Chicago Cubs Lineup: Zo Leads Off, Heyward Second, Happ in CF, Q Goes Against Lugo

Either Joe Maddon is counting on a reversal in the splits, or he doesn’t care about them at all, because he’s going lefty-heavy against a righty who has allowed a .379 OPS to lefties this season. Yay, baseball!

Ben Zobrist leads off at second base, followed by Jason Heyward, Kris Bryant, and Anthony Rizzo. Heyward is coming off of consecutive three-hit games and his peripherals signal a big improvement over his numbers from the past two seasons.

Willson Contreras bats fifth, Javy Baez is playing short and hitting sixth, Kyle Schwarber handles the duties in left, and Ian Happ is in right. The Happ thing bothers me, given his struggles against righties and against curveballs. More on that in a bit.

Jose Quintana takes the mound in search of a bounceback start, which has been more or less his MO this season. He’ll have a really good outing, then a bad one, then a good one, etc. The strikeouts have been there for him, but the control hasn’t, at least not consistently.

The Mets are have the worst OPS (.605) and ISO (.095) in baseball against lefties and their 27 percent K-rate is worse than all but the White Sox (27.2). They do walk at a 10 percent clip, though, so Q will still have to work. But with so many key players on the shelf, it’s hard not to imagine a get-right game for the Cubs’ starter.

Assuming he doesn’t become the 69th Met to land on the DL this month, Seth Lugo will act as the front man for the Queens of the Band-age. The 28-year-old righty started 18 games last season, but this will be his first start in 2018 after 20 relief appearances. He’s only gone as many as three innings only three times to this point, so we may see Johnny Fullstaff in this one.

Lugo is in the rotation after Noah Syndergaard hit the DL with a strained finger tendon, which is sort of like using Liam Hemsworth as Chris’s stunt double. You know, because he’s not Thor. Although he does have a big hammer that he’ll use pretty frequently, so perhaps the analogy isn’t as far off as I first thought.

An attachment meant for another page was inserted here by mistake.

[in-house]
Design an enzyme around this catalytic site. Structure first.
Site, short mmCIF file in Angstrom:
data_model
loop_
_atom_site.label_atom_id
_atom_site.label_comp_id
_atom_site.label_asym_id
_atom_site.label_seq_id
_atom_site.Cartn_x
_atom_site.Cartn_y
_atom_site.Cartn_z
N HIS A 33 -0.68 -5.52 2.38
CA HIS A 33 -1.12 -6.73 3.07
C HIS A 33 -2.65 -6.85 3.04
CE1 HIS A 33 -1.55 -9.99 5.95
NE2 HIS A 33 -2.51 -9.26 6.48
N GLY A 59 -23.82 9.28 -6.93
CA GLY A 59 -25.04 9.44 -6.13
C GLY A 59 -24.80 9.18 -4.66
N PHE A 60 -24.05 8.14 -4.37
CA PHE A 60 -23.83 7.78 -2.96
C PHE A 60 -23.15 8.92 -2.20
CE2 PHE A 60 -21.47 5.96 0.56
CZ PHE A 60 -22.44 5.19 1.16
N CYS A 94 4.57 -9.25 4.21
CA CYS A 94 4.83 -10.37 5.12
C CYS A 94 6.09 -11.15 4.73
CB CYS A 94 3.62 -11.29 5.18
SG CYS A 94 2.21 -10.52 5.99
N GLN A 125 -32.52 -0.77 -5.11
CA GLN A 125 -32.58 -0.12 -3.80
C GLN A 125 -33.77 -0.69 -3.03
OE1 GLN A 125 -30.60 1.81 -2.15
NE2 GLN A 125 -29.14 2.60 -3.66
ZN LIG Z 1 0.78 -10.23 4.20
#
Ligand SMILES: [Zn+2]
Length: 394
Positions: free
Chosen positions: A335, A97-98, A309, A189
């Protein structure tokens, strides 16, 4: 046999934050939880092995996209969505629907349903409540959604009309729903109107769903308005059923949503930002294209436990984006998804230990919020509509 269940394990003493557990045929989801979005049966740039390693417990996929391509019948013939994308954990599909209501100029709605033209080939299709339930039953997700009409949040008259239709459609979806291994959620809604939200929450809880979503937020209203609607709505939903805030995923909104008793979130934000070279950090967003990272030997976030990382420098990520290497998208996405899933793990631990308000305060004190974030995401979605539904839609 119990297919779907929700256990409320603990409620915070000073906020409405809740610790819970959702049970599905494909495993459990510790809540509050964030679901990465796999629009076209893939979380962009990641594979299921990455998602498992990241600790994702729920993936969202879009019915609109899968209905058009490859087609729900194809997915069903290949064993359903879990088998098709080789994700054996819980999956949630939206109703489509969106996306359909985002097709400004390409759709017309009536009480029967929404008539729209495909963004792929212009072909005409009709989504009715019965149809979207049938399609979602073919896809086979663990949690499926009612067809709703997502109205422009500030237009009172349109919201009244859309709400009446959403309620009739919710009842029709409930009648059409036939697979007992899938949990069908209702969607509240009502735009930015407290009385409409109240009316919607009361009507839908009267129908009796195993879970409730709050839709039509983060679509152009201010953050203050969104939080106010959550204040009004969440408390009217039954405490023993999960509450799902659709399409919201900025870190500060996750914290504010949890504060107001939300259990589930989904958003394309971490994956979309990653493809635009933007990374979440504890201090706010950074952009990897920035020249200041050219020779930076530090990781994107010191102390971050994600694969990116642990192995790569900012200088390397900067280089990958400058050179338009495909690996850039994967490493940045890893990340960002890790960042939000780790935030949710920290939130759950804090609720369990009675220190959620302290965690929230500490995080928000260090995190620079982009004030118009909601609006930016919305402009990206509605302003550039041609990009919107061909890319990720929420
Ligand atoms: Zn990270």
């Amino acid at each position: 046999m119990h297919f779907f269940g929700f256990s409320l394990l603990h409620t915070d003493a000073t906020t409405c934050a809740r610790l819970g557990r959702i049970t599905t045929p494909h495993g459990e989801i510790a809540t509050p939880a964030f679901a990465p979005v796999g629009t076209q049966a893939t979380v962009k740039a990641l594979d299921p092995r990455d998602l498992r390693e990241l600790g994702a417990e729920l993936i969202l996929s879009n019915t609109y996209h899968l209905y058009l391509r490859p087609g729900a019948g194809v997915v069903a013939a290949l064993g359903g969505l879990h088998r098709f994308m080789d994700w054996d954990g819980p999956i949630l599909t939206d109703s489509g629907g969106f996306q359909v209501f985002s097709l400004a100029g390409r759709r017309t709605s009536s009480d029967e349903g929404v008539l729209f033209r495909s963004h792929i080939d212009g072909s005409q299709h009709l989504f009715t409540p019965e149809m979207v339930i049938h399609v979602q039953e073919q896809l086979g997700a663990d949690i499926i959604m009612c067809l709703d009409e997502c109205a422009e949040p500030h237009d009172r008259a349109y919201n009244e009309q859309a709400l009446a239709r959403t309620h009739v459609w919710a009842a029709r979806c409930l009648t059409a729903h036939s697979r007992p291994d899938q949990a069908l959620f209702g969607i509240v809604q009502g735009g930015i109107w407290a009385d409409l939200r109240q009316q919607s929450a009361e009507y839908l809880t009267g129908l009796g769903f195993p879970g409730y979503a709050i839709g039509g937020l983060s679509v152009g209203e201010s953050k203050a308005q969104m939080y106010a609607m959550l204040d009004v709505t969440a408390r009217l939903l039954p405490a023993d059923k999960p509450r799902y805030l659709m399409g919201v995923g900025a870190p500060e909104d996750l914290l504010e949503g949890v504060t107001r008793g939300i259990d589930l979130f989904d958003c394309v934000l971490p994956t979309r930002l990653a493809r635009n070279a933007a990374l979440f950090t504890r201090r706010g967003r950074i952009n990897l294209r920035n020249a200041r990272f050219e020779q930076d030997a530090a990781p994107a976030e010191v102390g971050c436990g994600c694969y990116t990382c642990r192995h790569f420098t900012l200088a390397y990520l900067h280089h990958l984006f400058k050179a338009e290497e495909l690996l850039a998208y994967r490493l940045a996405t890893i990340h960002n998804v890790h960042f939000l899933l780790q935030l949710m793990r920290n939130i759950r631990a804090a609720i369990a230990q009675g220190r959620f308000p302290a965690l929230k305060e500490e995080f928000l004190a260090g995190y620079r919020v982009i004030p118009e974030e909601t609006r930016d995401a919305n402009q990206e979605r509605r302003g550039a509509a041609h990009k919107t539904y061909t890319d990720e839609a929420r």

Lugo has struck out 34 and walked only nine in 32.2 innings of relief, and only three of the 24 hits he’s allowed have left the yard. Typically a pretty even-split pitcher over the course of his brief career, Lugo has absolutely dominated lefties this season. The 59 left-handed hitters he’s faced to this point are slashing a mere .094/.203/.176 with a .184 wOBA against him

Believe it or not, those numbers are even worse when Lugo pitches at Citi Field, though we’re only talking about 27 batters so far. Even so, he’s made some pretty clear changes to his pitch mix that are fueling the results. Both versions of Lugo’s fastball sit about 93, but he’s cut back on the four-seam usage by nearly one-third this season. He’s also dialed back the slider and change just a little.

As you may have guessed from the earlier wordplay, Lugo has been using the curveball a lot more this season. It’s actually his most-used pitch, making up nearly a third of his total repertoire. Even though they make more contact against it than his other offerings, hitters have only a .370 OPS against the curve because they beat it into the ground at a 70 percent rate.

You might think that eschewing one pitch in favor of the other was the result of one being ineffective, but that’s not the case at all for Lugo. Pitching backwards off the bender allows him to use that heater to put hitters away. Have of his strikeouts have come from the four-seam, which he’ll elevate in the zone to change eye level and end at-bats.

Keep in mind, however, that this is all coming from abbreviated stints out of the ‘pen. Lugo’s velocity numbers are all up significantly across the board, likely the result of him going more max-effort rather than trying to conserve energy. He can also rely more heavily on the deception in his sequencing since opposing lineups don’t turn over against him.

Only 11 batters have faced Lugo twice in a game this season, but their results could be telling for the Cubs. Batting average jumped by 79 points and OPS went up by 50 points from the first to the second at-bat, trends that are the reverse of what happened against Lugo last year.

If he’s planning for a sprint, the Cubs may simply need to wait Lugo out and let him burn through his energy stores. If, however, he’s looking to go four or more innings, they should be licking their chops for that third time through the order. Hitters slashed .352/.412/.506 with a .389 wOBA in those situations when Lugo started last year.

First pitch from Flushing will be at 6:10pm CT and will carried by NBC Sports Chicago and 670 The Score.

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